Thanks for your time reading all this. :)
After rereading this I realise I should probably mention that I was hoping this dungeon would be suitable for a party of 4 players around level 3.. Although we may end up with two new players (including the original four) that I'm hoping progress to level 2 just prior to starting this part of the quest. There's also a chance two of the level 3 players may not make it this weekend, but if it's balanced enough for four level 3's I'm hoping that won't be an issue... My main concern is that the party of six may overpower what I've set up here, although I'm not afraid to increase the number of enemies in any given encounter if I foresee that being a problem. :)
the ever present problem of who the hell is actually gonna show up to a session. In my opinion the dungeon looks balanced for a party of 3-4, if you end up with more than that you might want to throw in a few more enemies. for the final boss instead of adding more enemies since it's such an epic fight you can increase his hit dice to make him last a little longer or give him some AoE attacks instead so that it'll spread around the damage and everyone can share the 'fun'
It honestly looks very well put together though and looks like you guys will have a lot of fun :)
Hey everyone, just chiming in here on the Leadership topic as it is something that we are also dealing with in our home campaign.
Dragons are considered their CR+8 for their 'cohort level'. So a wyrmling black dragon cant legaly be taken as a cohort (with the leadership feat) until 13th level.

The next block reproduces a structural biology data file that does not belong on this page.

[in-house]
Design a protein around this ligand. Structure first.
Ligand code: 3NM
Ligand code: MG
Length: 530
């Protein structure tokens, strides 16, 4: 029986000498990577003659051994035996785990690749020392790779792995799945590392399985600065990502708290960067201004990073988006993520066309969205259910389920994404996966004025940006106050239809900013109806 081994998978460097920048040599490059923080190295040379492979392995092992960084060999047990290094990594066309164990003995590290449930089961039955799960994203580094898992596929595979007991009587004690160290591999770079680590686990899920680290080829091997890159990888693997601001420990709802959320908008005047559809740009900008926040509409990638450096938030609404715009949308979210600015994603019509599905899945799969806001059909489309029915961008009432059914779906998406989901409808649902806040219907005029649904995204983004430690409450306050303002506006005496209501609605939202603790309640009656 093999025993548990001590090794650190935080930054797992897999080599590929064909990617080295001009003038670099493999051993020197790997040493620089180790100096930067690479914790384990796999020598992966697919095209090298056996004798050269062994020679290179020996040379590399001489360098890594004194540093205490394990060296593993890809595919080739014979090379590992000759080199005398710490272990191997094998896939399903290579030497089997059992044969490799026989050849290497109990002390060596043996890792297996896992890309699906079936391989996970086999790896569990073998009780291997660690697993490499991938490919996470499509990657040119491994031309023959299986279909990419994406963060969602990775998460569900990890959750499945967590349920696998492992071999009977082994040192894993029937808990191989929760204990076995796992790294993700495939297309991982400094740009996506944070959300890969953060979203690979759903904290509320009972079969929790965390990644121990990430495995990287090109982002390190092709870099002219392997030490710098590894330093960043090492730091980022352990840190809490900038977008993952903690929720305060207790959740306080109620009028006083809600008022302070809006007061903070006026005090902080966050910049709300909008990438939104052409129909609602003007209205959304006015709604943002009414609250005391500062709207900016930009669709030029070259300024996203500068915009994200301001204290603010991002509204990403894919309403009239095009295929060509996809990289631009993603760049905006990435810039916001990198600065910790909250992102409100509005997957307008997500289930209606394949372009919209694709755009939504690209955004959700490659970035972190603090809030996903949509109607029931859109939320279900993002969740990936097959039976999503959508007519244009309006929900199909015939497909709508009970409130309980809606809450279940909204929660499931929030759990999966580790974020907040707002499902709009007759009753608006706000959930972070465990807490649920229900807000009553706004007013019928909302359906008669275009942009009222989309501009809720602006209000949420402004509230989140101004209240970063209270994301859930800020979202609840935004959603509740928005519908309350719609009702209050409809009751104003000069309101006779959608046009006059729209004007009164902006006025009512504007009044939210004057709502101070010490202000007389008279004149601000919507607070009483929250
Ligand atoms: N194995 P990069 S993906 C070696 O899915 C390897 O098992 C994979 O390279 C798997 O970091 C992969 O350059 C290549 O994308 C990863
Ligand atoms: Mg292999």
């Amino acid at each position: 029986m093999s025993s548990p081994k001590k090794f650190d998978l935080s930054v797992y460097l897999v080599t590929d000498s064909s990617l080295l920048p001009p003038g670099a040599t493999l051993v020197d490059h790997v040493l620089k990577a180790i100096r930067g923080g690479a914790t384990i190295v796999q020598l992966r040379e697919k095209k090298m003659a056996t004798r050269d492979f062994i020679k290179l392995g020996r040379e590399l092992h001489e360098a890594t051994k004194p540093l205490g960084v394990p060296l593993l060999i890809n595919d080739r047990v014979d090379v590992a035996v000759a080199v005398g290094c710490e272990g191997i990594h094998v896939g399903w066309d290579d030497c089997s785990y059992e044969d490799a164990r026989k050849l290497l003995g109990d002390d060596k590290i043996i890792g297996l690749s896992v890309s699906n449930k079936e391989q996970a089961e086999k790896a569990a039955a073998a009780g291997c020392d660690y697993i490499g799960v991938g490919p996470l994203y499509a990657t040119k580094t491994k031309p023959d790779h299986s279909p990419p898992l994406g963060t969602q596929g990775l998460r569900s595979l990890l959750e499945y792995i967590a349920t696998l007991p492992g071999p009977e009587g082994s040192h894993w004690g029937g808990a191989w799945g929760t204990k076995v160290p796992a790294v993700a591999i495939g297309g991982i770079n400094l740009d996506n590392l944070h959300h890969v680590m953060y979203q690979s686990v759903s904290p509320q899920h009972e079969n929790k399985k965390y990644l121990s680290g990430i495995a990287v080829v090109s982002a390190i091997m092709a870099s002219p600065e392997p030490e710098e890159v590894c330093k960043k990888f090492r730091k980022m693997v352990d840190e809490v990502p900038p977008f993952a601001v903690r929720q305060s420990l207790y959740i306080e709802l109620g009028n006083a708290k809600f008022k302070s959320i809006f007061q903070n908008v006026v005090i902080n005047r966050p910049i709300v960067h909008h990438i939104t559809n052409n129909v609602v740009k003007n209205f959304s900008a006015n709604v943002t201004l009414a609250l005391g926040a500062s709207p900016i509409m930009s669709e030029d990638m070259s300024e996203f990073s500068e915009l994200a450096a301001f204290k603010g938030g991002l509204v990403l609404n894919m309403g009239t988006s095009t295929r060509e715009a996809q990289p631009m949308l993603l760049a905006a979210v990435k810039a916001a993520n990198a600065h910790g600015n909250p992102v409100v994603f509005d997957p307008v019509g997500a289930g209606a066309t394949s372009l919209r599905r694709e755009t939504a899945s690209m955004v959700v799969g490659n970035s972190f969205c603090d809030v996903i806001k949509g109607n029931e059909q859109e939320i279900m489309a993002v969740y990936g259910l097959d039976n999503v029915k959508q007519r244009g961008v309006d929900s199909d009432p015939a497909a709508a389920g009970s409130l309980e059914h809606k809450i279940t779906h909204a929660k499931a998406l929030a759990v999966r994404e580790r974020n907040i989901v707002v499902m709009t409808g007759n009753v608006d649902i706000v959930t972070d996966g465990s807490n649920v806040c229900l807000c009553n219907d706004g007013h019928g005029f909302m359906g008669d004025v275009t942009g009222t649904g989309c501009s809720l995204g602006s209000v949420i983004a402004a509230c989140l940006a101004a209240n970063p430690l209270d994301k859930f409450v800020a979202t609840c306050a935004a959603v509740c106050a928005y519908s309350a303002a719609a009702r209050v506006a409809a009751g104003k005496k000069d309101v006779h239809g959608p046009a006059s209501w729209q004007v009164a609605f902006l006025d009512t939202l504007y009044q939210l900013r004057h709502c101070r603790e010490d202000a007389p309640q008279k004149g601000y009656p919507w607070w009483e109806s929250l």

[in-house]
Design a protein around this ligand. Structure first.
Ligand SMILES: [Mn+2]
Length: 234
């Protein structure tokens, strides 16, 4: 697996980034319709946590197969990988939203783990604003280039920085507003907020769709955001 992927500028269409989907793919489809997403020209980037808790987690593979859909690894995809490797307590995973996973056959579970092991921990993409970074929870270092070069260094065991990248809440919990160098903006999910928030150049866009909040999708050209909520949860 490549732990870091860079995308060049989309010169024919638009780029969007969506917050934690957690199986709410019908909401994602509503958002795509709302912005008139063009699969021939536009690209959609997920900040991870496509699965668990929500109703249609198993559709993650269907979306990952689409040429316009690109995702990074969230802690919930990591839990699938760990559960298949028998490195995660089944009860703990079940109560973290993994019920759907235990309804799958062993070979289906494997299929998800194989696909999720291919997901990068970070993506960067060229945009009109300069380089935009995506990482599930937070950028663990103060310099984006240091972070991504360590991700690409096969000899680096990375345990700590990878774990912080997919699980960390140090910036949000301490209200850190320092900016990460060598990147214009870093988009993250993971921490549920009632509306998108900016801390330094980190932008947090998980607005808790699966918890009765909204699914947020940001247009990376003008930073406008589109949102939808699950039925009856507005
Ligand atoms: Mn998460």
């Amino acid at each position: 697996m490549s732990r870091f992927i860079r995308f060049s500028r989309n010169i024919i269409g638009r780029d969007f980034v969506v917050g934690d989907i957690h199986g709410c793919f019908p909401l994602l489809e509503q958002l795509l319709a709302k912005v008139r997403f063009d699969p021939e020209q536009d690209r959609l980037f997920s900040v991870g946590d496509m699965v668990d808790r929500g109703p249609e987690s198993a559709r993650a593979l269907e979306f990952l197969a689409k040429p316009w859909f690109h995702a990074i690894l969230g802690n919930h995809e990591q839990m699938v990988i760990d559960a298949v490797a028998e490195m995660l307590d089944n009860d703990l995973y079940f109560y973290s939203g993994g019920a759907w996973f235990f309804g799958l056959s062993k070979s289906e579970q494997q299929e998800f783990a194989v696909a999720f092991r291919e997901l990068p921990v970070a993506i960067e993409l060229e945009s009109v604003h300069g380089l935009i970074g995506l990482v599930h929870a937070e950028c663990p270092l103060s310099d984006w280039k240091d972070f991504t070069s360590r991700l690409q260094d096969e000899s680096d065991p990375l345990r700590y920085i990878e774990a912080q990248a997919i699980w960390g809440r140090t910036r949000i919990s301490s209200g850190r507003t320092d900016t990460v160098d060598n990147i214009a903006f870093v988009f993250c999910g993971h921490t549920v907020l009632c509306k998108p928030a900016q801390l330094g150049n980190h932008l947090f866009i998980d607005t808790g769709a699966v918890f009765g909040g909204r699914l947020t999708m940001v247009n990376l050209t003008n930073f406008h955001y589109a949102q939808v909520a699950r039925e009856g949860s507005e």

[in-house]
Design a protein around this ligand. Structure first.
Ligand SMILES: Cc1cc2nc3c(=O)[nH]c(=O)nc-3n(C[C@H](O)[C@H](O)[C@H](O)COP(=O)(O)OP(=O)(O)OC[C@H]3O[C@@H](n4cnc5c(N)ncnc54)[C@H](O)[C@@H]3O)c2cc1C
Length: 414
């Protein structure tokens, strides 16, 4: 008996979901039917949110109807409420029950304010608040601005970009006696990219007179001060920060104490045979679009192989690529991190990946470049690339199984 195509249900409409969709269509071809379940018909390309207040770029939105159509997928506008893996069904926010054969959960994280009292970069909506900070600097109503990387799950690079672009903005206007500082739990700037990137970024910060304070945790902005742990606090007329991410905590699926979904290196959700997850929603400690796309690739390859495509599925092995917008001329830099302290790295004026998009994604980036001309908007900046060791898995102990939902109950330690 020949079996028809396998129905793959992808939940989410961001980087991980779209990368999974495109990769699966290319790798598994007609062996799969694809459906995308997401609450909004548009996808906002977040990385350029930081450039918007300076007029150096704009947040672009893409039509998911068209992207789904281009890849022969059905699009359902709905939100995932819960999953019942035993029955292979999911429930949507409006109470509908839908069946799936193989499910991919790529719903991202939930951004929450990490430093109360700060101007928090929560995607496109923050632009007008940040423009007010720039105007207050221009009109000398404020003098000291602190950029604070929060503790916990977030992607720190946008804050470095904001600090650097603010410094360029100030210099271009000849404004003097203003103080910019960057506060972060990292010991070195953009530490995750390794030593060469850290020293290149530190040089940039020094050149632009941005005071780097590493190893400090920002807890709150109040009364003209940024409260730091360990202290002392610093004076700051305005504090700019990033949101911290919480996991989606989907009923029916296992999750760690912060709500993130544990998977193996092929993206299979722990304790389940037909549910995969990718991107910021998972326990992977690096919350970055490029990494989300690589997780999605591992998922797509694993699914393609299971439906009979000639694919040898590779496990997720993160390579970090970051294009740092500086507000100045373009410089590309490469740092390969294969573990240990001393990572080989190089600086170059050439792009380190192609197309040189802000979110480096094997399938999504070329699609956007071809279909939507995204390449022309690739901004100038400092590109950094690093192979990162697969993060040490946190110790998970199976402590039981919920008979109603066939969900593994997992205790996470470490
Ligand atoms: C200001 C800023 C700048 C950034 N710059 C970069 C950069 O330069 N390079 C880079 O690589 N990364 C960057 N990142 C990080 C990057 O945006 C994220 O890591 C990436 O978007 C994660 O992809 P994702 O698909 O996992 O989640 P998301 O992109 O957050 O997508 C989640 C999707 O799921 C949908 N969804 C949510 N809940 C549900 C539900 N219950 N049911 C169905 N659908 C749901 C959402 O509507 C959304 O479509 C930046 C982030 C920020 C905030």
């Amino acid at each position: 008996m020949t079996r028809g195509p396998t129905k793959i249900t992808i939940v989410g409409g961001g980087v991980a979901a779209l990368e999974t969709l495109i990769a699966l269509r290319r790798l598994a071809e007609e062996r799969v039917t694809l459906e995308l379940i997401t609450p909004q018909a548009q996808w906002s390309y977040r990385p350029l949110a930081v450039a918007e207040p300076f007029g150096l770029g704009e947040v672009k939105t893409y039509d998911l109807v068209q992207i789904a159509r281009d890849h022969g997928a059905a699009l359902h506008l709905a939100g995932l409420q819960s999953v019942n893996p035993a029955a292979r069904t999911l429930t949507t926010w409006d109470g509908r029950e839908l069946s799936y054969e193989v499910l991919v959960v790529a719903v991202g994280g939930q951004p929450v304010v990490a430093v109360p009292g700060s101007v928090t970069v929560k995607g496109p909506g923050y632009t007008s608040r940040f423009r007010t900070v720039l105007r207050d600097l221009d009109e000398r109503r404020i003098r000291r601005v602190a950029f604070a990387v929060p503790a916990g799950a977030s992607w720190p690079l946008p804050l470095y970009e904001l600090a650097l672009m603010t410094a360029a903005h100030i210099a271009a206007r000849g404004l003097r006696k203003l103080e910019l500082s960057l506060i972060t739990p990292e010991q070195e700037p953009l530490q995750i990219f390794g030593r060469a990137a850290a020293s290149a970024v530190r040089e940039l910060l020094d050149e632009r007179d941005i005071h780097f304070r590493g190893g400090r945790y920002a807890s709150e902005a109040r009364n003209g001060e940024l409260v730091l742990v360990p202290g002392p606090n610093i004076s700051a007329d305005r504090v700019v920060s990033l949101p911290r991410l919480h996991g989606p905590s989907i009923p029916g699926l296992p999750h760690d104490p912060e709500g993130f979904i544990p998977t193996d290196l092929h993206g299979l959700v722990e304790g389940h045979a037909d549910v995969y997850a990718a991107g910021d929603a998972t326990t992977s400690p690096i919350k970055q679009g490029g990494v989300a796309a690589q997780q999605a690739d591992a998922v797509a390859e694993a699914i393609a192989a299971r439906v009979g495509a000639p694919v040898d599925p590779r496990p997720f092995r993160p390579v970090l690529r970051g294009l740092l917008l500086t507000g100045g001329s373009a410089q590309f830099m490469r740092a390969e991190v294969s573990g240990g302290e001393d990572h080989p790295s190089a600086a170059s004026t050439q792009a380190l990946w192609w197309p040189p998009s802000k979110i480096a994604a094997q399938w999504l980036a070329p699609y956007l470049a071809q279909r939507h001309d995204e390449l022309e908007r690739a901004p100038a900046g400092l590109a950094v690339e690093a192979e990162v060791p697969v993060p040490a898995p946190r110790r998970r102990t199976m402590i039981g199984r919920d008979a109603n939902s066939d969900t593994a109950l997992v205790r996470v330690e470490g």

Sorry, but this information is not entirely correct. CR + 8 is the leadership score required for a young dragon. Young is an actual age category for a dragon.
Age Categories are:
So there is no actual rules text for how to adjudicate a Wyrmling aged dragon gained through leadership because the Monster Cohort section in the Bestiary specifically only refers to Young Age Category Dragons, but I would assume it would be at least half of the CR + 8 (Maybe CR + 4?).
Finally, Dragons presided over by leadership specifically state they don't gain age categories but class levels as you level up.
From the Bestiary's Monster Cohort section* A young dragon's effective cohort level equals its CR + 8. Dragon cohorts do not advance via aging as normal dragons do, but by gaining class levels (typically in fighter or sorcerer).
The stat block for Black Fang is for a Young Dragon, it is a large creature and much bigger/older/more powerful than a wyrmling, if you want the stat block (or an idea for a statblock of a wyrmling) check here: Black Dragon Wyrmling Statblock example it is a little different than the Beginner Box statblock, so if you have any questions I'm sure we can help.
Of course, you and the players likely can come to an agreement on your own (dragon eggs probably will take a while to hatch!) hope that helps! BTW, I applaud your organization, looks good!